Rhinologists often encounter a broad spectrum of allergic rhinitis (AR) and nonallergic rhinitis (NAR) patients, who can be variably classified based upon timing and severity of disease. Our understanding of the varied quality of life (QOL) impact in different classifications of rhinitis is limited. Thus a more comprehensive understanding of the impact of rhinitis upon our patients, as measured by both patient reported outcome measures (PROMs) and clinical physiologic measures, as well as unique factors associated with disease severity is needed.
A systematic search of databases was performed to identify AR and NAR studies reporting Rhinoconjunctivitis Quality of Life Questionnaire (RQLQ), total nasal symptom score (TNSS), or visual analogue scale (VAS) scores, and physiologic measures including peak nasal inspiratory flow (PNIF) and nasal airflow. Relationships between PROMs, physiologic measures, and associated factors (e.g., allergic status, disease duration) were assessed by weighted correlations and meta-regressions.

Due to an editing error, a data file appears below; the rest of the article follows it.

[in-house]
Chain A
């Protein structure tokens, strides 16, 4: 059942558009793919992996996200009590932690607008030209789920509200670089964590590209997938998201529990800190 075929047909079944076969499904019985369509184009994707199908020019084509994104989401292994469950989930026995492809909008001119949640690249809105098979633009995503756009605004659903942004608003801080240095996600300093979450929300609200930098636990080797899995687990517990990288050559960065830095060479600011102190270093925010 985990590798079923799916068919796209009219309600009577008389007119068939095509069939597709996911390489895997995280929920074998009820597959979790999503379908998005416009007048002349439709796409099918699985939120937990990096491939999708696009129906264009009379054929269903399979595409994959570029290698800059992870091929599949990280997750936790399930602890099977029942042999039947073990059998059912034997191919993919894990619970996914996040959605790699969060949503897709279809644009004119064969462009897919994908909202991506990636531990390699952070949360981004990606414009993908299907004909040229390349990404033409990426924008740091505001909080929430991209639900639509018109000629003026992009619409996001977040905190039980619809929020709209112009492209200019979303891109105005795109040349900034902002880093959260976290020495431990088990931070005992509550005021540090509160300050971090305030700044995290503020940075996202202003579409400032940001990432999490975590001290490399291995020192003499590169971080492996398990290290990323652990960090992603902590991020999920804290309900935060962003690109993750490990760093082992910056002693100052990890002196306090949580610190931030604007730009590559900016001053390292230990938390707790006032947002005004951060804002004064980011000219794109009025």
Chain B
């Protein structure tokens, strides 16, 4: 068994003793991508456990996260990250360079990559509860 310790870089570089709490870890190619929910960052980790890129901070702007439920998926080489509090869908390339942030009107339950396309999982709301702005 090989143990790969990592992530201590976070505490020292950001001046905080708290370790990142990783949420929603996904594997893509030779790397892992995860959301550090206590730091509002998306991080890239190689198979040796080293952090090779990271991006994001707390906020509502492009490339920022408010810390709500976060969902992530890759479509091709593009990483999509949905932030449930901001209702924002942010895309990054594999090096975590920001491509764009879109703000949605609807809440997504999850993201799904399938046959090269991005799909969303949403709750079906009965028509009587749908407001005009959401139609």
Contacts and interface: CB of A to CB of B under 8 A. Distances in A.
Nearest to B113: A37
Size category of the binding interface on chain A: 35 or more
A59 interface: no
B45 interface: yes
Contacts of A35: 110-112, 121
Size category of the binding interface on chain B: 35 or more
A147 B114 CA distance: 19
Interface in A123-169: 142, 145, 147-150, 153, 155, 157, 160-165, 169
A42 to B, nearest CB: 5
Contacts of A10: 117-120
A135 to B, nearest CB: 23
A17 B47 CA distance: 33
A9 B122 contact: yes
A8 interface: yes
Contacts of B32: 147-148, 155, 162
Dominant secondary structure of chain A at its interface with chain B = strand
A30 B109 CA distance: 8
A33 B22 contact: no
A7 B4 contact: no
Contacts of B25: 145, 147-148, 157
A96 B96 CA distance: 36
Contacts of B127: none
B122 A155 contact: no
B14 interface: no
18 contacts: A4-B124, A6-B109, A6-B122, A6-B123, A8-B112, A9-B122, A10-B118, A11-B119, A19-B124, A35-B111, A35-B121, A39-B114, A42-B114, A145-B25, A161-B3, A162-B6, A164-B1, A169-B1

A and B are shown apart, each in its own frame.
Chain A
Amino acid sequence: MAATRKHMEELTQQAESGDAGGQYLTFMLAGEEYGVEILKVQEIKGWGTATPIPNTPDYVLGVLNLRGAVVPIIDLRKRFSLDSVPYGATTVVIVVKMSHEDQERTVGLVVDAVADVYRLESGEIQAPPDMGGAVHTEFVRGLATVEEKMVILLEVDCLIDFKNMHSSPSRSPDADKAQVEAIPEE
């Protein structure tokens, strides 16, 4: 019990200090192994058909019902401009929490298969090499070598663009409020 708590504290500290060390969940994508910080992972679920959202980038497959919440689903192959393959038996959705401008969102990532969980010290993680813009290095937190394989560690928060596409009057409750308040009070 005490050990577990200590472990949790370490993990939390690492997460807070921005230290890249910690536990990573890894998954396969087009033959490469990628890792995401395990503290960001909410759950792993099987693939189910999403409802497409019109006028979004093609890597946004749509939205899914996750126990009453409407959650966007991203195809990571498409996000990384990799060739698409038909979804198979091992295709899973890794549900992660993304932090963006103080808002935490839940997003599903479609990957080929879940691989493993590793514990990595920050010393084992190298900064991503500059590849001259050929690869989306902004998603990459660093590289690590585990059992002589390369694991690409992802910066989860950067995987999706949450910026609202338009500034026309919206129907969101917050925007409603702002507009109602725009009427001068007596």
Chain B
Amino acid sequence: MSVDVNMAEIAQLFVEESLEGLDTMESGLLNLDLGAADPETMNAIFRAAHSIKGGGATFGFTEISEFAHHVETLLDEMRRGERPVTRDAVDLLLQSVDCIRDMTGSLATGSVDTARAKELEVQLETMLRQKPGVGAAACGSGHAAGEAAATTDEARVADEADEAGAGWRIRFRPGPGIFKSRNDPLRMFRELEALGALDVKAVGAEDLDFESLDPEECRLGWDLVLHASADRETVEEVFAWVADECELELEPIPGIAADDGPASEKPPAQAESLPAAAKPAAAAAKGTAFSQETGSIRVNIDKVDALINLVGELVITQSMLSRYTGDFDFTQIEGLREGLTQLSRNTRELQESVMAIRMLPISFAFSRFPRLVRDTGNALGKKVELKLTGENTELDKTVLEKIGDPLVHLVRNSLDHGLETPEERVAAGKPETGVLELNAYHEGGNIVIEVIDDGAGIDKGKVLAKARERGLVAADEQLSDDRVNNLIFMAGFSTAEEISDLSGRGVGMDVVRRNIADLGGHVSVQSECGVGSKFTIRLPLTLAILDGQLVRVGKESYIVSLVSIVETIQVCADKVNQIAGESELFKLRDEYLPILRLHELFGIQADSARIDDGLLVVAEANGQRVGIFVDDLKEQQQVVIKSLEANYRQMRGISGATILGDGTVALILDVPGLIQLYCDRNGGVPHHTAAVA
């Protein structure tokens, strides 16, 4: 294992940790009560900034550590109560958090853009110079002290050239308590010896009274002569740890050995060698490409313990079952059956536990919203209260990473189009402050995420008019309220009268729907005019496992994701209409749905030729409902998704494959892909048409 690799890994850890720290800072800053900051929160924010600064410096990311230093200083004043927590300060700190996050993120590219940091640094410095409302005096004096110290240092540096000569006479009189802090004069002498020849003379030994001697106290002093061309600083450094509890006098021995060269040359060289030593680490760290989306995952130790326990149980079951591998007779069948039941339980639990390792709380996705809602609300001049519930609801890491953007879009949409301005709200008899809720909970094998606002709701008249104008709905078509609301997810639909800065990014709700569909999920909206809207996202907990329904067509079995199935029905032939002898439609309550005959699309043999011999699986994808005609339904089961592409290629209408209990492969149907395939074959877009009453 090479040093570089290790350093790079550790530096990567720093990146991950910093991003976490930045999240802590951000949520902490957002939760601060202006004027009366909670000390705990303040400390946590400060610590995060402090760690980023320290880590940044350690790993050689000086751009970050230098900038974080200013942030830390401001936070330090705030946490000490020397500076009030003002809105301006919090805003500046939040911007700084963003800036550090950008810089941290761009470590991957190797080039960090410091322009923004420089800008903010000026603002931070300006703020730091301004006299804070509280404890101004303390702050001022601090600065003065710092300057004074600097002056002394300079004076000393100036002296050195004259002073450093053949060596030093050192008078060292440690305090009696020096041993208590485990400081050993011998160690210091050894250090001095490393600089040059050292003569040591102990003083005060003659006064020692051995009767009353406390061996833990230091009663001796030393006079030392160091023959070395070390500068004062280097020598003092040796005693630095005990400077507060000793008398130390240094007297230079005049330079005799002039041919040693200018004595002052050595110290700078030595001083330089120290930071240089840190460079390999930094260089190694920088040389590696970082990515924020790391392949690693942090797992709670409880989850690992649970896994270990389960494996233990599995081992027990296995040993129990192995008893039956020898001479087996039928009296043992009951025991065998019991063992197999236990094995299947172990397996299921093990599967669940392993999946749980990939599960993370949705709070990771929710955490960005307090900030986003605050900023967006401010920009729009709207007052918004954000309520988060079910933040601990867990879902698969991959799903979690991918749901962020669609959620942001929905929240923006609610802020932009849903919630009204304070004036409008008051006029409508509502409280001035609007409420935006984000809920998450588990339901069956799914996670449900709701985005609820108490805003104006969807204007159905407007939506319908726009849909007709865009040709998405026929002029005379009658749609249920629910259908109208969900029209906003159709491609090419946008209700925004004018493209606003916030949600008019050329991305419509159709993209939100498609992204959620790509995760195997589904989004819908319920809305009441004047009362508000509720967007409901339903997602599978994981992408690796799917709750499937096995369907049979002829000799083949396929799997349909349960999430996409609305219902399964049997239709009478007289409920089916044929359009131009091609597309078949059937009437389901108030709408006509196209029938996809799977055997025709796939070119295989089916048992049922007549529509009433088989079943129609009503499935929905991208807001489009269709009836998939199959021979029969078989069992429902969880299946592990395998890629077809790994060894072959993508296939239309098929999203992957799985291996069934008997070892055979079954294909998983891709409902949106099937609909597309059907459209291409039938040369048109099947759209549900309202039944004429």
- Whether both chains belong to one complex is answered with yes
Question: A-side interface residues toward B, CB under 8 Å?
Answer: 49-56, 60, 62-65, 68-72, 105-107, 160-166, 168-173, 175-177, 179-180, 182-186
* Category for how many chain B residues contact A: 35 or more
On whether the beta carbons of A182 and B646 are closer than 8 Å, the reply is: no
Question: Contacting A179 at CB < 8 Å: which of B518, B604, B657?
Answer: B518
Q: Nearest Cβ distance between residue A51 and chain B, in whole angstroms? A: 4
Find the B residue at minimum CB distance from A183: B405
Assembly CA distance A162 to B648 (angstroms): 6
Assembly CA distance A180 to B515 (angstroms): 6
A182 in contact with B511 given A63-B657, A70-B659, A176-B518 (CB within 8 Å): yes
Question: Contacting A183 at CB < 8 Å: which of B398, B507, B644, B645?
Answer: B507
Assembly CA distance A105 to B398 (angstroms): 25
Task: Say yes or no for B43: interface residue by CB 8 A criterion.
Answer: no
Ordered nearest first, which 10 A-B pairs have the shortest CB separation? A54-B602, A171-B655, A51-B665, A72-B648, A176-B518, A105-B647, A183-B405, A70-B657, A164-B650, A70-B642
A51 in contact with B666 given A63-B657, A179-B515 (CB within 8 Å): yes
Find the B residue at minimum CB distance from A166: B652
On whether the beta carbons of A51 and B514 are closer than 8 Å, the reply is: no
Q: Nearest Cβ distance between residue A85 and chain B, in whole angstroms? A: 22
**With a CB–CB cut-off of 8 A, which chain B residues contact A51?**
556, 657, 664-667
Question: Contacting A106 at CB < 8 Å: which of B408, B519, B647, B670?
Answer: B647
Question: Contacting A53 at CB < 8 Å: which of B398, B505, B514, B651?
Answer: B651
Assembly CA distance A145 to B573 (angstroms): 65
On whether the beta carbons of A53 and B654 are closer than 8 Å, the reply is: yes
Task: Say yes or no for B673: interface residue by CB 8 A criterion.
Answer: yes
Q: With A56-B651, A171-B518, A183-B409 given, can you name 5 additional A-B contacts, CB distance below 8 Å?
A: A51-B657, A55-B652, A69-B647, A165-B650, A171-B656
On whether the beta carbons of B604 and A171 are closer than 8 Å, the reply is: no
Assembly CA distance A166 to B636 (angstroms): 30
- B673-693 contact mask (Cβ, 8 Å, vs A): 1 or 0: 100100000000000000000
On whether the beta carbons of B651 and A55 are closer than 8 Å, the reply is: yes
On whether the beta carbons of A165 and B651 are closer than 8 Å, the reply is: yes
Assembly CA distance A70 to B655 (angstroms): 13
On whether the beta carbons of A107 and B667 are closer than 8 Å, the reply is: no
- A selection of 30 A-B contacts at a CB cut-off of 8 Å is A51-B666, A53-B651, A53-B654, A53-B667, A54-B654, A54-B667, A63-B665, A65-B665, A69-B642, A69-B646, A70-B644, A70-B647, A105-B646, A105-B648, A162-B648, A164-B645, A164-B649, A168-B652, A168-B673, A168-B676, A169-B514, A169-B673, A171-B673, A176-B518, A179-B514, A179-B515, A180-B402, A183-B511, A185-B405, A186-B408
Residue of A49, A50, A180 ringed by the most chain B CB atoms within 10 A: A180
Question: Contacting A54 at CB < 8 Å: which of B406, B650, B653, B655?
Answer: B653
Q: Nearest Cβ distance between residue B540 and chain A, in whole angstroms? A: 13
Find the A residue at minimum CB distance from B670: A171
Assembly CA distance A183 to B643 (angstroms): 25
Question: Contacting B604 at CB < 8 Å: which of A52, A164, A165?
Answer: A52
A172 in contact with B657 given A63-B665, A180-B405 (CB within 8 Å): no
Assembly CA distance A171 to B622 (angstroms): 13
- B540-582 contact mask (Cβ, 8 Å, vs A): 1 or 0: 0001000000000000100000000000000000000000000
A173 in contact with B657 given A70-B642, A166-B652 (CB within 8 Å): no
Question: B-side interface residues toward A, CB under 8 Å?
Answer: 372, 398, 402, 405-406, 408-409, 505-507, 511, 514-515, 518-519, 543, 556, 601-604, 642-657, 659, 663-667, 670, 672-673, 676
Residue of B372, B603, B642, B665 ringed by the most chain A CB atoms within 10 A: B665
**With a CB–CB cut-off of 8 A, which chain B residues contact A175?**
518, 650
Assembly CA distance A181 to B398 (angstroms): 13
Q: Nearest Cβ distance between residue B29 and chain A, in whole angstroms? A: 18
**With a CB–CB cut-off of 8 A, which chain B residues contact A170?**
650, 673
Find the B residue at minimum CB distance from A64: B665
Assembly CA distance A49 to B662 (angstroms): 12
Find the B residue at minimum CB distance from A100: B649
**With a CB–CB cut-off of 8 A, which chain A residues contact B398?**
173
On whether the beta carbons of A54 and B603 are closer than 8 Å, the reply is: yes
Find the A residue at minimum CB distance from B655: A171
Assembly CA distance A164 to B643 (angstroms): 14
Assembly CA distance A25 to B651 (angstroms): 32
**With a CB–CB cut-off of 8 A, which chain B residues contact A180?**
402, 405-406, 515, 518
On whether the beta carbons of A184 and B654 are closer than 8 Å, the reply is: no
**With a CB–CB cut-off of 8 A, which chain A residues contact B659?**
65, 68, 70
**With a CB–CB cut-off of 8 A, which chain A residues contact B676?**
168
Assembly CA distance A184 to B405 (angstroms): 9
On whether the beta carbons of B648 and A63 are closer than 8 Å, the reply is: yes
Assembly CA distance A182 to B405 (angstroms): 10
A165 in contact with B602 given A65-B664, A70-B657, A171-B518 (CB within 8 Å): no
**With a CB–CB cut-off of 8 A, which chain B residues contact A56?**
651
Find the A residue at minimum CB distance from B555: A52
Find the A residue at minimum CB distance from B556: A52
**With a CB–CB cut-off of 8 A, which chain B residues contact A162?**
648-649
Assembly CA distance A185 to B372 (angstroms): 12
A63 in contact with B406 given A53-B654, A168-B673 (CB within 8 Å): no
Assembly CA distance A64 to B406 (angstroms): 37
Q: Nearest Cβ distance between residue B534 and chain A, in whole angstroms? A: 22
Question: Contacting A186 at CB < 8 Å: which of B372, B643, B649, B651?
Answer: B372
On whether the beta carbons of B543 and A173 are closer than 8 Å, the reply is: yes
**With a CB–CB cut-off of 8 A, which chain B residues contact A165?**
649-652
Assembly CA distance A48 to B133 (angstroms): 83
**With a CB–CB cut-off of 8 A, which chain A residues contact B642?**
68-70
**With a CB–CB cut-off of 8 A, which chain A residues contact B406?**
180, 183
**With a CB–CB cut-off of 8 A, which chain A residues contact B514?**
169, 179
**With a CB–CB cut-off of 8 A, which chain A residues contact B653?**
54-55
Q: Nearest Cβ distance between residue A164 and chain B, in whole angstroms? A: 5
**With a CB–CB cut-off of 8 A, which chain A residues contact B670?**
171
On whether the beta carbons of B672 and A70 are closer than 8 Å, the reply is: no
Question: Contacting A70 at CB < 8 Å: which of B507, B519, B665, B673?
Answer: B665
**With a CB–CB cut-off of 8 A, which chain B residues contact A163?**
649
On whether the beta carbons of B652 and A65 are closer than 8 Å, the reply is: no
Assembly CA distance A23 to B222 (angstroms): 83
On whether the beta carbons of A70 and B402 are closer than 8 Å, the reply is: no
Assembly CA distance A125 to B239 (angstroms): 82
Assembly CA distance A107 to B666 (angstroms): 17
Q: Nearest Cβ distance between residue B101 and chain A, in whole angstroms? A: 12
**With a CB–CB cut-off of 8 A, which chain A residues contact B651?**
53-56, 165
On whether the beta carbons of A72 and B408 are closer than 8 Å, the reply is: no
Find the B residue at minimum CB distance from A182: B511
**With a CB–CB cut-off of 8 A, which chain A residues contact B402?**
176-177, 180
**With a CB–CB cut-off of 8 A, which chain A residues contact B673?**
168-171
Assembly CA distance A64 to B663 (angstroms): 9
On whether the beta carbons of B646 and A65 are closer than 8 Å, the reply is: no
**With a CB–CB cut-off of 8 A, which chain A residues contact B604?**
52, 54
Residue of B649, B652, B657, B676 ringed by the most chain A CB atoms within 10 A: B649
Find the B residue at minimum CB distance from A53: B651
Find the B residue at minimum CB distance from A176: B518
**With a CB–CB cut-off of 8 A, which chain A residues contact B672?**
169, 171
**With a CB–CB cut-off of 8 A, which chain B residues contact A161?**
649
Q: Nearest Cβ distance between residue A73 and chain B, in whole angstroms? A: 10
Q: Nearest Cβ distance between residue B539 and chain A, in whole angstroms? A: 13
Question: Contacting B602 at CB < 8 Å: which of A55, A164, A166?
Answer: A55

A total of 171 studies reporting on 33,843 patients were included. Symptoms were more severe in AR than NAR on VAS (p < 0.001). Classification based upon Allergic Rhinitis and its Impact on Asthma (ARIA) guidelines demonstrated differences in PROM severity. There was no significant correlation between PROMs and demographic factors, comorbidities, or physiologic measures. Meta-regression identified a correlation between worse RQLQ scores and shorter disease duration (r = -0.4, p < 0.001).
Rhinitic patients have more severe impact upon QOL in the presence of allergy with variable impact upon specific symptom subdomains. PROMs do not correlate with common demographic factors, comorbidities, or physiologic measures of nasal airflow.

© 2021 ARS-AAOA, LLC.